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State of Vermont

House of Representatives

Montpelier, Vermont

Joint House Resolution

Offered by: Representatives DePoy of Rutland City,Connell of Warren, Endres of Milton, Keogh of Burlington, Kirker of Essex, Kitzmiller of Montpelier, Koch of Barre Town, Mullin of Rutland Town, Severance of Colchester, Stevens of Essex, Vincent of Waterbury and Woodward of Johnson

Whereas, the cost of prescription drugs is now unaffordable for a large number of Vermonters, and

Whereas, among the persons who are most reliant on prescription drugs are Vermontís senior citizens whose Medicare insurance does not include prescription coverage, and who frequently cannot afford to purchase a Medigap plan with prescription drug benefits, and

Whereas, many senior citizens are reluctantly adopting unhealthy and potentially dangerous practices of reducing their physiciansí prescribed prescription drug dosages, or traveling to Canada to obtain their prescription drugs for lower costs, and

Whereas, one of the significant factors contributing to the increasing costs of prescription drugs is the growth of direct consumer promotional campaigns sponsored by the nationís pharmaceutical companies through the print, broadcast, and internet media, and

Whereas, under Section 201(m) of the Food, Drug and Cosmetics Act, the Food and Drug Administration is responsible for regulating the promotional activities associated with prescription drugs, and

Whereas, although the act does not define a prescription drug advertisement, the federal regulations at 21 C.F.R. ß 202.1 describe a prescription drug advertisement as consisting of "information (other than labeling) that is sponsored by a manufacturer and that is intended to supplement or explain a product", and

Whereas, the media in which prescription drug advertising can appear includes magazines, newspapers, radio, television and the internet, and

Whereas, the regulations require that prescription drug advertisements include brief summaries of information relating to possible side effects, contraindications and effectiveness, and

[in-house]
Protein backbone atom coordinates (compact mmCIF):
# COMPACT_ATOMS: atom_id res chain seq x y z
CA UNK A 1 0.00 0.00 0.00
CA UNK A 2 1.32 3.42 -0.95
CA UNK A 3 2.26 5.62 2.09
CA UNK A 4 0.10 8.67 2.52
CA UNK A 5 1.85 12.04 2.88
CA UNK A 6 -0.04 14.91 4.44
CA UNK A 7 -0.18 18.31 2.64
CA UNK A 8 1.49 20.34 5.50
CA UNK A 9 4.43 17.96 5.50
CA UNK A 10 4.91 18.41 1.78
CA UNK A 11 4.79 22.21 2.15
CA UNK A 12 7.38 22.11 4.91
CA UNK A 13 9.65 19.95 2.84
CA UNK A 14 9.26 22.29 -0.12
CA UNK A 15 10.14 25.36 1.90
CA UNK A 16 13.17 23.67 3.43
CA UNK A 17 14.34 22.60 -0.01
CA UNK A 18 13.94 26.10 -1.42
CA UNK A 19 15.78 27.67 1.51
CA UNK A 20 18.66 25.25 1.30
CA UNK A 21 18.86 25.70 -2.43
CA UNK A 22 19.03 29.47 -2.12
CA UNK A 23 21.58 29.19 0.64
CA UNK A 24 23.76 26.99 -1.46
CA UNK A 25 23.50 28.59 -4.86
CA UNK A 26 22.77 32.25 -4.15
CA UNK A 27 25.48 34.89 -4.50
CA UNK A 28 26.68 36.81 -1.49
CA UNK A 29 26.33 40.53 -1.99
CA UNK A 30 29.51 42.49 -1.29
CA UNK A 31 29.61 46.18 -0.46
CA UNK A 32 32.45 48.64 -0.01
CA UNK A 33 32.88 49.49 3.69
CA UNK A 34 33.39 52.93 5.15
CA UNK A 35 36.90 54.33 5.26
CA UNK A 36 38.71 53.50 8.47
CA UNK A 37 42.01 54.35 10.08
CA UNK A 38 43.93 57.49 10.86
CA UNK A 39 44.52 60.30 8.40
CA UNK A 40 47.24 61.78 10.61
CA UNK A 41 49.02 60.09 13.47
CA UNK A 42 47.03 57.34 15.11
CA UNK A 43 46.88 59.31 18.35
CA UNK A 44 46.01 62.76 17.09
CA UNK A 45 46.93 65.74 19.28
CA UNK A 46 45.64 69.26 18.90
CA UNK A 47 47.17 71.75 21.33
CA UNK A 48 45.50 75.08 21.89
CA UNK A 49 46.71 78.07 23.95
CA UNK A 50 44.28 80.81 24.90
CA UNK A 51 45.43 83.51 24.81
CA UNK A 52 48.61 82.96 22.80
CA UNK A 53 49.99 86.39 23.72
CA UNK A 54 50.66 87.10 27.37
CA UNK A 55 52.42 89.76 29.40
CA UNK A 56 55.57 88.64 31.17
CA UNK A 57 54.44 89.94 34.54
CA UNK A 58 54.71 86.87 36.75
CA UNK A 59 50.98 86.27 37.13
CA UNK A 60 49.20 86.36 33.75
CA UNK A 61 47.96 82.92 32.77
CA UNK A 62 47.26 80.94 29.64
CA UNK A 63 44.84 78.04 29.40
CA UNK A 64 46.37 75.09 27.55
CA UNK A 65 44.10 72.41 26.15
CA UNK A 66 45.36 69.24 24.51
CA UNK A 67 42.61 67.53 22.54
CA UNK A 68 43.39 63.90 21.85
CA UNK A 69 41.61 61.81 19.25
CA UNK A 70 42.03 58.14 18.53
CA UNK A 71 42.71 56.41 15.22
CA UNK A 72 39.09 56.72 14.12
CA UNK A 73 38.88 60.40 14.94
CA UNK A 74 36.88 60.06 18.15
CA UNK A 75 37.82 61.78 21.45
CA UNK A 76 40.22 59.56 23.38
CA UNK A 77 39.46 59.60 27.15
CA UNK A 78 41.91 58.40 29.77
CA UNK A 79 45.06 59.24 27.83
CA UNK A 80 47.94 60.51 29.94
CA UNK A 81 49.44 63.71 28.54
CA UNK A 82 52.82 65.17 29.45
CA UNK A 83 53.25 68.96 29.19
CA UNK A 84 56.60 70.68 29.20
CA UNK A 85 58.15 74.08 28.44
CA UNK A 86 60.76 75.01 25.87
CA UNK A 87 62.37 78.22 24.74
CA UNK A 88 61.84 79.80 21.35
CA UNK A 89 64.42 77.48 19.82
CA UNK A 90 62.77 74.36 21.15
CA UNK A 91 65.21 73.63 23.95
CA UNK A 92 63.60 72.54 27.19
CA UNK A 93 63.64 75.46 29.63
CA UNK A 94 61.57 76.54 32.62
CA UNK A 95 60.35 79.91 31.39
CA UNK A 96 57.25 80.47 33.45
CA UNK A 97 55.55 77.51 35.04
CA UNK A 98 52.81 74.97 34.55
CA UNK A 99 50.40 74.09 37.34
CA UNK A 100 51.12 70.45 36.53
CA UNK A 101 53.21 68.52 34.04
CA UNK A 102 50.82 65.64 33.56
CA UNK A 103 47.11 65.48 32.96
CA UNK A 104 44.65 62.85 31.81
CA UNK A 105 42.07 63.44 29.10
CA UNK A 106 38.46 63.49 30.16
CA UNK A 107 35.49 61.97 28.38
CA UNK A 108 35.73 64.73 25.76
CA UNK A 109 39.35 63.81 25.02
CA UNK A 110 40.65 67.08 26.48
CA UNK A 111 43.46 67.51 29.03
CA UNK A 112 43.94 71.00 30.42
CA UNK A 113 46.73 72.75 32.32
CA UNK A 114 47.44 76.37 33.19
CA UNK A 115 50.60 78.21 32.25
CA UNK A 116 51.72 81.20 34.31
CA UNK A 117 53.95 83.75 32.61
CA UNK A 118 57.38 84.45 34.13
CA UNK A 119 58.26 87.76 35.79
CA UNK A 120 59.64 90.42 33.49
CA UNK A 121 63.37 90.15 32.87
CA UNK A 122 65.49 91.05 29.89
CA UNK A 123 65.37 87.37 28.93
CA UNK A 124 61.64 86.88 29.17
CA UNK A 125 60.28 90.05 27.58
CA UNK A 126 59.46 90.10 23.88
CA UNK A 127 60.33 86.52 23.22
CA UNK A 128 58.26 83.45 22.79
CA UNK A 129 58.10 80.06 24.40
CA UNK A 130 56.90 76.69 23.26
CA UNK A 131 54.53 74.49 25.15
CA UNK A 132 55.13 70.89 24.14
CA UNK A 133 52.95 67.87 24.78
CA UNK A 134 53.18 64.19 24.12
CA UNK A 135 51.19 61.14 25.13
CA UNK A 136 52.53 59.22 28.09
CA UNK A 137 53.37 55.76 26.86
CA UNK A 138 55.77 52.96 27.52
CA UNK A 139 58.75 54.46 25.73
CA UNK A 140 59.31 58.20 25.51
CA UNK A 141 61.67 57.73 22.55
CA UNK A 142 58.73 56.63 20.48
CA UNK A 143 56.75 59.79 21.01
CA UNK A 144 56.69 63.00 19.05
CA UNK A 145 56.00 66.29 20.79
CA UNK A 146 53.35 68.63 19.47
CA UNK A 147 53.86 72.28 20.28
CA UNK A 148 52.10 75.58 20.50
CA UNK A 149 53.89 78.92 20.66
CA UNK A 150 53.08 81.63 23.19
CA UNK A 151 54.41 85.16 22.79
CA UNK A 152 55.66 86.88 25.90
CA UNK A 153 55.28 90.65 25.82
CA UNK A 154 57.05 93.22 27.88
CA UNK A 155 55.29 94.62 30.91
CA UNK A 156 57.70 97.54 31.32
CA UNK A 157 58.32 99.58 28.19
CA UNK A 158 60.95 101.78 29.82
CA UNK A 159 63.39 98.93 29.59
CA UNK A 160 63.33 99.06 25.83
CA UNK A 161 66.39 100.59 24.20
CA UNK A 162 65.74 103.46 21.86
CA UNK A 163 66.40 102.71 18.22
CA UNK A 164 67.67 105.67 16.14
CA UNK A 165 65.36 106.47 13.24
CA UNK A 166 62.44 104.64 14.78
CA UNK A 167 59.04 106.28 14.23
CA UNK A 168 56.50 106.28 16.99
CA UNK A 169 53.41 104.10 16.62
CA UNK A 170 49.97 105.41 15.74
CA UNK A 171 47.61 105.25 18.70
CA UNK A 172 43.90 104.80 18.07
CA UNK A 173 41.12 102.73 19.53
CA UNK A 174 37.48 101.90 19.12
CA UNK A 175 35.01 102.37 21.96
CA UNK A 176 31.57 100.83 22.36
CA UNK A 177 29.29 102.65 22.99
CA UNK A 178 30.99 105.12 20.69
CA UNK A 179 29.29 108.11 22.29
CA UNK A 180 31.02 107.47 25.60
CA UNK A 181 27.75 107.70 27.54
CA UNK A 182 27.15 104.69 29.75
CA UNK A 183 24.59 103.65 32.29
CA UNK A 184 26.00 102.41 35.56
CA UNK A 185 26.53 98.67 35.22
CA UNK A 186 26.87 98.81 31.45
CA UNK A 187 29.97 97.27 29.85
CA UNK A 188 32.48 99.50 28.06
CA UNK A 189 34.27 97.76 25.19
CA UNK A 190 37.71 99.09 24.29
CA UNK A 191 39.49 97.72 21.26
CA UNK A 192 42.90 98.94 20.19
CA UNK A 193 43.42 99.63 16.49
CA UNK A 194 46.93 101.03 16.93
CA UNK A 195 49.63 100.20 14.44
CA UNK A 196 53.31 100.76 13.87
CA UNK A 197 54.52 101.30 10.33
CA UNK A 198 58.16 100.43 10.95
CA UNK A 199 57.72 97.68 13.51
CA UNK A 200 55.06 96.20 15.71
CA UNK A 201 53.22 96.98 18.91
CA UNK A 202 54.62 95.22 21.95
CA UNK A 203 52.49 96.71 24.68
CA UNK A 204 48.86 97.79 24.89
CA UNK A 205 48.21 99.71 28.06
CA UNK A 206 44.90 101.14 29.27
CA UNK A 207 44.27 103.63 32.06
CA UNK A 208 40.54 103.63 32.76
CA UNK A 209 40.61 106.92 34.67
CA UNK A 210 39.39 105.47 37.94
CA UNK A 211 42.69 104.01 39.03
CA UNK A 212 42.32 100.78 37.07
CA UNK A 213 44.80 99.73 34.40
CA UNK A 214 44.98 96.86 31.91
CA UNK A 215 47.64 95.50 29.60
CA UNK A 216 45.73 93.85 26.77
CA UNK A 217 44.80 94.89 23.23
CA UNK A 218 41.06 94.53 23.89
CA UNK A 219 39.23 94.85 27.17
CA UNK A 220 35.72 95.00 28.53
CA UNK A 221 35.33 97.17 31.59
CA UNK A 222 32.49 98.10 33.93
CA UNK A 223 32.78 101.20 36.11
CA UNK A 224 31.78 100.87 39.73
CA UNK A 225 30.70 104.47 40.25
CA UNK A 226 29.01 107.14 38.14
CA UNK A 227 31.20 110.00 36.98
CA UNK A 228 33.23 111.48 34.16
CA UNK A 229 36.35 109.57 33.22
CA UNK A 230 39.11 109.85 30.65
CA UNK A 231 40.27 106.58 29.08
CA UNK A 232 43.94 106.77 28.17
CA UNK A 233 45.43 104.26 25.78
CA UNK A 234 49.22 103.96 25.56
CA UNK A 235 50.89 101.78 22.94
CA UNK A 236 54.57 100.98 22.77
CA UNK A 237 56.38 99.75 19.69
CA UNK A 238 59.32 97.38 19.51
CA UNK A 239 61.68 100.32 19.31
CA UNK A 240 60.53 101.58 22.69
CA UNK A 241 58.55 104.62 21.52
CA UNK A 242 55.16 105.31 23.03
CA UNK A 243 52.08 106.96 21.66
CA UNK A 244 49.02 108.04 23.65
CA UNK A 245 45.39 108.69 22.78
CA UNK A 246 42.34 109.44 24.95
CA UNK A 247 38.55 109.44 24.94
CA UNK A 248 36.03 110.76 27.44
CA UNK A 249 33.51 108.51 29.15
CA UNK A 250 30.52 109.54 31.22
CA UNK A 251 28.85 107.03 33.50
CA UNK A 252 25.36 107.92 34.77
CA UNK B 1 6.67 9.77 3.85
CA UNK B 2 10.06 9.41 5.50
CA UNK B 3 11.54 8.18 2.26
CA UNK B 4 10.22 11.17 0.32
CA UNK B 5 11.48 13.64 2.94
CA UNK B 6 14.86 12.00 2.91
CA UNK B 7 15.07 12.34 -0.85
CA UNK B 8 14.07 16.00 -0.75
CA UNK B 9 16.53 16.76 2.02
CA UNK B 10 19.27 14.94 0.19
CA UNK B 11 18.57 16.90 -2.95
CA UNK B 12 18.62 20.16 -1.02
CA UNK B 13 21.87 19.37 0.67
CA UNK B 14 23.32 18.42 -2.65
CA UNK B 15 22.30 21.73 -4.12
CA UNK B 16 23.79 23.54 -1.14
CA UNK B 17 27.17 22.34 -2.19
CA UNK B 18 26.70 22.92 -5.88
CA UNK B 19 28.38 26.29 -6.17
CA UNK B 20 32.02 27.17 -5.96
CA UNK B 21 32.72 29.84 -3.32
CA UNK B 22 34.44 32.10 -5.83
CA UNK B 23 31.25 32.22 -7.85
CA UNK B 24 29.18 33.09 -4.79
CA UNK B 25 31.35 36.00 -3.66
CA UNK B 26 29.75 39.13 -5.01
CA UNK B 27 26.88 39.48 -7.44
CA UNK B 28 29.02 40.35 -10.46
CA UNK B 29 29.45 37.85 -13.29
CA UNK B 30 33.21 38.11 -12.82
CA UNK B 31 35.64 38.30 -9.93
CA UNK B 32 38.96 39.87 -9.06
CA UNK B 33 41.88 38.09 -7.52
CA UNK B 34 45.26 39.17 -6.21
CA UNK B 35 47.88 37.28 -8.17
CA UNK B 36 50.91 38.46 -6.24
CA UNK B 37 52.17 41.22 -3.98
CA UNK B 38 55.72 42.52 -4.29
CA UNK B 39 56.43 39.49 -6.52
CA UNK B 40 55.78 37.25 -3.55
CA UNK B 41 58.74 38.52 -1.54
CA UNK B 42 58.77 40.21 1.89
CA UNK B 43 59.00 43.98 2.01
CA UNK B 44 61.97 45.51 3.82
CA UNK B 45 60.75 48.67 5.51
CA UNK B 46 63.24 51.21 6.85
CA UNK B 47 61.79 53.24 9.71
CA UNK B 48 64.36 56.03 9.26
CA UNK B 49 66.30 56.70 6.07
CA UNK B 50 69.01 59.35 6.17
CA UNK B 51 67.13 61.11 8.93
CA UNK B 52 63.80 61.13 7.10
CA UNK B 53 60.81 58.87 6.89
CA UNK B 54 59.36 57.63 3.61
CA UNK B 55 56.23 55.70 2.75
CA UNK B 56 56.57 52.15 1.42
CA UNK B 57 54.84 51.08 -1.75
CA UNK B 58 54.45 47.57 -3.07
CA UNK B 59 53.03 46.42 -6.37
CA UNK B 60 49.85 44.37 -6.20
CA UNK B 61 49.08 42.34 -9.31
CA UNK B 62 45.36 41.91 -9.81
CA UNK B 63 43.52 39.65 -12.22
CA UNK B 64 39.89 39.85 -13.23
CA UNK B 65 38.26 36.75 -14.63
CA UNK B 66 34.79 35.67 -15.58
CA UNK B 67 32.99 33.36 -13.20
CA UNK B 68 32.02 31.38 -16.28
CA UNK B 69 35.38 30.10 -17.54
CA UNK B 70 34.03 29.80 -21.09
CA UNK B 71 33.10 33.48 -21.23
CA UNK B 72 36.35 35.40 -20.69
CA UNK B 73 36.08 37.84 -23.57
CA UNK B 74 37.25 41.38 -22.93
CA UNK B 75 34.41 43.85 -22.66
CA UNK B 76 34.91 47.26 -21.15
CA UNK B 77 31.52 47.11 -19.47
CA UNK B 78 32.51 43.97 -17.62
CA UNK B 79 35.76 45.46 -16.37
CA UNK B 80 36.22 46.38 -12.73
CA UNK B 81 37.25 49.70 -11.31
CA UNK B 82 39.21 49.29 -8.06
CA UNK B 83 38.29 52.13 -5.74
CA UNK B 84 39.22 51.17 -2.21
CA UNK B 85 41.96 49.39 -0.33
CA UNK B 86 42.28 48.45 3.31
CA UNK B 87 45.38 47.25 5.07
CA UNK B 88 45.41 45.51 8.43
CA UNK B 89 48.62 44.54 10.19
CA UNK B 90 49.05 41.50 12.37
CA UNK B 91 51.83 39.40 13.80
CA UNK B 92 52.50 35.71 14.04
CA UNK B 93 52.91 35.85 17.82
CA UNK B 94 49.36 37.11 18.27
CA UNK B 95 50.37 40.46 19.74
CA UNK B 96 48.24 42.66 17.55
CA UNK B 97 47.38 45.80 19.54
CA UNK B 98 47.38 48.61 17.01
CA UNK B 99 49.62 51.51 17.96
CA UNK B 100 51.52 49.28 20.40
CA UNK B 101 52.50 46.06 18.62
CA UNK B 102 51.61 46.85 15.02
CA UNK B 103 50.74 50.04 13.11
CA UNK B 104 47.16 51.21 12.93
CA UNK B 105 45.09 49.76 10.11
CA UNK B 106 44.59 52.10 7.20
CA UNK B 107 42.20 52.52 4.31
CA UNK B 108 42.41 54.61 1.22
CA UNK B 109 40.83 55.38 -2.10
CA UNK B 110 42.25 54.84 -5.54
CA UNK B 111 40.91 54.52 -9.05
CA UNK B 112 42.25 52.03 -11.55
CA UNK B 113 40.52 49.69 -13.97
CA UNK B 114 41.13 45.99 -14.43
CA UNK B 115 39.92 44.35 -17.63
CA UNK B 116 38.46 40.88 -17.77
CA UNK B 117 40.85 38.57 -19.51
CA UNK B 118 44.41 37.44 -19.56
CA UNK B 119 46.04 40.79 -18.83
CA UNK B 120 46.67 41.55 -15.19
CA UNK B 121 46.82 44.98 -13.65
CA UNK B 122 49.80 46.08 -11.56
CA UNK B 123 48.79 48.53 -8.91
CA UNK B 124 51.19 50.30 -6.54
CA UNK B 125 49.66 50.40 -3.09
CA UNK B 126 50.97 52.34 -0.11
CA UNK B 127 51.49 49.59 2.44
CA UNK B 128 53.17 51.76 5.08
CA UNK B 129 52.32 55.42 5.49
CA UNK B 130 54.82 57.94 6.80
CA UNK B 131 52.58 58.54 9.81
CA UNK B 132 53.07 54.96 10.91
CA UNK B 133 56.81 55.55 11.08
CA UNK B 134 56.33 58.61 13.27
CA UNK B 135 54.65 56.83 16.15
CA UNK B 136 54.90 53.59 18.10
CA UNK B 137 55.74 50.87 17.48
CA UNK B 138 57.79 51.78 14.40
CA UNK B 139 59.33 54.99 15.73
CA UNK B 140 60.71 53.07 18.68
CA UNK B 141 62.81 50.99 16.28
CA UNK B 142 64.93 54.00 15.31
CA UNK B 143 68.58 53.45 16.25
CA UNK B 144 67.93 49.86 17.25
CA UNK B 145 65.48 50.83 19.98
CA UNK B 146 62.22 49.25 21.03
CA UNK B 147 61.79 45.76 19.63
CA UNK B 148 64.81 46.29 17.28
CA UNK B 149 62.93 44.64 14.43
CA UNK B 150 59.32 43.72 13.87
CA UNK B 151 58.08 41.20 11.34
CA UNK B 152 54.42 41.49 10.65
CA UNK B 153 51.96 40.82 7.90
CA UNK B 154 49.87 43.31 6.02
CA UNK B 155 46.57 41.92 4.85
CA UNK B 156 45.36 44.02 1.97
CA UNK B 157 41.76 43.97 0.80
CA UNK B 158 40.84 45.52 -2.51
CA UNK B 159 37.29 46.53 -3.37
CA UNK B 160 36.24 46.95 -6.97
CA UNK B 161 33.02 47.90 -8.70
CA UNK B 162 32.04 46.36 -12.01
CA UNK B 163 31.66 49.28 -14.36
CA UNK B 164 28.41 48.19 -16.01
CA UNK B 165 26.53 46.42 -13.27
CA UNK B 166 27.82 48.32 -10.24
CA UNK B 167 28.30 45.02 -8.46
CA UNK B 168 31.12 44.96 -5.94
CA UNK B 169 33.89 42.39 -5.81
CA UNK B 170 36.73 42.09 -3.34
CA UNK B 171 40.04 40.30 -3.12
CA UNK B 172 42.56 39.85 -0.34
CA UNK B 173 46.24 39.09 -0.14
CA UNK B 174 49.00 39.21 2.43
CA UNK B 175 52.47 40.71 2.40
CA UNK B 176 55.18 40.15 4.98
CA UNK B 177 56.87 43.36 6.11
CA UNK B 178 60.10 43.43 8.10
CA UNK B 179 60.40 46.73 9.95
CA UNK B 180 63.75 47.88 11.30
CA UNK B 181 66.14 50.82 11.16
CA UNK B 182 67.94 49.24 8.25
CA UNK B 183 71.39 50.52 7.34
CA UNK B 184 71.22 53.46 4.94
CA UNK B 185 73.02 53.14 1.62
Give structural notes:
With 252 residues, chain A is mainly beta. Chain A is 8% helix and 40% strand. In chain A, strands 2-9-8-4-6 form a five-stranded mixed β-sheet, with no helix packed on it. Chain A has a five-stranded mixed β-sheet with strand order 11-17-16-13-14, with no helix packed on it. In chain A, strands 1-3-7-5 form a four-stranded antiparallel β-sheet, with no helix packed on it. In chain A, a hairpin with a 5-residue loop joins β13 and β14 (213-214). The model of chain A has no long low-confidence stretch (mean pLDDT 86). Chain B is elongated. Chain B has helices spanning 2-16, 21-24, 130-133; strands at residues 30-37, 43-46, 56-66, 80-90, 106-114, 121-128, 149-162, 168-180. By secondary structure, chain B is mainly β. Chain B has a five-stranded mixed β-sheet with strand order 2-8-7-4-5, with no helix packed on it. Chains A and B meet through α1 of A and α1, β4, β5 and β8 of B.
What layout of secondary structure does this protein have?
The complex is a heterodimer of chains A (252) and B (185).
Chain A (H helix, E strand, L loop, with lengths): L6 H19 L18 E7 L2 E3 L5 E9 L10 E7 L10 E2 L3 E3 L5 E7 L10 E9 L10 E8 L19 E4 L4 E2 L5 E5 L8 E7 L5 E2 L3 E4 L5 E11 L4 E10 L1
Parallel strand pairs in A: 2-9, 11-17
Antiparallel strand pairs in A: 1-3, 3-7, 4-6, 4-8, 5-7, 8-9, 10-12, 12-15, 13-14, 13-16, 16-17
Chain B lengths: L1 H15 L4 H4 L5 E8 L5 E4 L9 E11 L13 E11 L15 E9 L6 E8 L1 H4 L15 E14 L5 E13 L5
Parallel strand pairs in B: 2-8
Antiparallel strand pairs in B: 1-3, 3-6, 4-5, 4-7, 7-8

Whereas, this information is often overshadowed by the attractive and promotional character of the advertisement that has the potential to lure a layperson into accepting the positive claims and ignoring the less prominently promoted and possibly dangerous side effects, and

Whereas, until the early 1980s, pharmaceutical companies directed the vast majority of their prescription drug advertising toward licensed physicians, and

Whereas, in 1983, the pharmaceutical companies agreed to the Food and Drug Administrationís request for a voluntary moratorium to explore the effects of direct consumer advertising, and

Whereas, in 1985, the moratorium was withdrawn without promulgating regulations to address the unique nature of direct consumer prescription drug advertising, and

Whereas, television ads have grown swiftly since 1997, when the Food and Drug Administration issued more relaxed guidance for direct consumer broadcast advertising, and

Whereas, most consumers do not have the expertise to evaluate prescription drug advertising, and

Whereas, prescription drug advertising may be misleading by not adequately communicating risk information, and may damage physician-patient relationships, increase prescription drug prices, increase liability actions, and lead to overmedication and drug abuse, and

Whereas, the National Institute for Health Care Management, a nonprofit and nonpartisan organization, recently conducted a study that documented the multiple impacts of increased consumer advertising of prescription drugs, and

Whereas, the study documented that retail spending on prescription drugs rose to $111.1 billion in 1999, up from $93.4 billion in 1998, while the comparable advertising increase, during the same one-year period, rose from $1.3 billion to $1.8 billion, and

Whereas, while the instituteís study did not specifically examine the accuracy of prescription drug advertising, the Food and Drug Administration has repeatedly reprimanded drug companies for false or misleading advertising of prescription drugs that are prescribed for many maladies, including allergies, reduction of high blood pressure or cholesterol levels and sexually-transmitted diseases, and

Whereas, if the cost of prescription drugs is to be substantially reduced, and the numerous and complex medical claims directed at consumers more closely reviewed, then the Food and Drug Administration must adopt new, more stringent and effective regulatory restrictions on direct consumer prescription drug advertising, now therefore be it

Resolved by the Senate and House of Representatives:

That the General Assembly urges the federal Food and Drug Administration to institute a moratorium on the promotion of prescription drugs directly to consumers, and that during the moratorium, the Food and Drug Administration promulgate more effective regulations to address prescription drug advertisements directed to consumers, and be it further

 

 

 

 

Resolved: That the Secretary of State be directed to send a copy of this resolution to Dr. Bernard A. Schwetz, Acting Principal Deputy Commissioner of the Food and Drug Administration in Washington, D.C., and to the members of the Vermont Congressional Delegation.

 

___________________________ Attested to:

Speaker of the House

___________________________ ___________________________

President of the Senate Donald G. Milne

Clerk, House of Representatives